The United Nations agencies have said pregnant women, babies, and children face extreme health risks from climate catastrophes that warrant urgent attention.
They called on world leaders to ensure newborns and children among others are protected from the impacts of climate change.
According to a Call for Action released Friday by UN agencies ahead of the global Conference of the Partie negotiations on climate change in Dubai, they said the effect of climate events on maternal and child health have been neglected.
“Protecting maternal, newborn and child health from the impacts of climate change – the effects of climate events on maternal and child health have been neglected, underreported and underestimated. It highlights that very few countries’ climate change response plans mention maternal or child health, describing this as “a glaring omission and emblematic of the inadequate attention to the needs of women, newborns, and children in the climate change discourse”, the document said.
The Call to Action highlights seven urgent actions to address these mounting risks which include sustained reductions in greenhouse gas emissions and action on climate finance, alongside the specific inclusion of the needs of pregnant women, babies and children within climate and disaster-related policies.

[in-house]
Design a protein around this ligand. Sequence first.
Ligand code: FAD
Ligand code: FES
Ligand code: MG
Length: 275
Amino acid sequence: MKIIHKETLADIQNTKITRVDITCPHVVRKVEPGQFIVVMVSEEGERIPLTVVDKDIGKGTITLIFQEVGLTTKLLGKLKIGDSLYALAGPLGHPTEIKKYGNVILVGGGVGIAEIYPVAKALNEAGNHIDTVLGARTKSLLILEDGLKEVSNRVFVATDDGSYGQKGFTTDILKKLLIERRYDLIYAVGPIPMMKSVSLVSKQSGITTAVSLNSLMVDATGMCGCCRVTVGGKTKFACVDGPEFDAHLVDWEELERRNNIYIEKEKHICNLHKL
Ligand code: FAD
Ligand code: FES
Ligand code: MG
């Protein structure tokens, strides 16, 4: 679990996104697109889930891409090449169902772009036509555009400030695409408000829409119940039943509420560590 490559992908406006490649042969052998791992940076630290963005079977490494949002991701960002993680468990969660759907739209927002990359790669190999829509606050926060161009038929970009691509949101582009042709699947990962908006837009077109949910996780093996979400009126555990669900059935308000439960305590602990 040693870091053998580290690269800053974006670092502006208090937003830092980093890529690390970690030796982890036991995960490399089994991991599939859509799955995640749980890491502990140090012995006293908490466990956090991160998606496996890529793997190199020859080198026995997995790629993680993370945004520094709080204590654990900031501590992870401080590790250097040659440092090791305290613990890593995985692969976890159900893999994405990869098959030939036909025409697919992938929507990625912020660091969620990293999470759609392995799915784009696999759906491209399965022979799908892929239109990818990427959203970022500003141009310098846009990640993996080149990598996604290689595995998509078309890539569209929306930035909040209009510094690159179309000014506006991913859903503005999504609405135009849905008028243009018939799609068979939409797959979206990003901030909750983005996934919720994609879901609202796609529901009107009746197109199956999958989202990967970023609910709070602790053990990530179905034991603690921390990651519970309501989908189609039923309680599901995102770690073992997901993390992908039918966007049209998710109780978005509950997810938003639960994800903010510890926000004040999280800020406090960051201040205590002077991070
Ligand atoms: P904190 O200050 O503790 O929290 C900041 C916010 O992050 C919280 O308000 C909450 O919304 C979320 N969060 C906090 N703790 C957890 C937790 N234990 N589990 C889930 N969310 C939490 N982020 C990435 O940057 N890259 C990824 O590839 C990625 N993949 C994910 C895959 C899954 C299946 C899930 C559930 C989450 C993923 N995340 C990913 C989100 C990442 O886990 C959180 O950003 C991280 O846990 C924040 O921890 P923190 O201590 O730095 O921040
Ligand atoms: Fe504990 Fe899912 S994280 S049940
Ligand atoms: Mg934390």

“To find climate solutions that acknowledge the distinct health needs and vulnerabilities of women and girls we must start by asking the right questions,” said Diene Keita, the Deputy Executive Director for Programmes at UNFPA, the United Nations sexual and reproductive health agency. “Global climate solutions must support – not sacrifice – gender equality.”
Assistant Director General for Universal Health Coverage, Life Course at the World Health Organisation Bruce Aylward was quoted as saying that children and pregnant women face the dire consequences of climate change.
Climate change poses an existential threat to all of us, but pregnant women, babies and children face some of the gravest consequences of all.
“Children’s futures need to be consciously protected, which means taking climate action now for the sake of their health and survival, while ensuring their unique needs are recognised in the climate response, ” he was quoted as saying.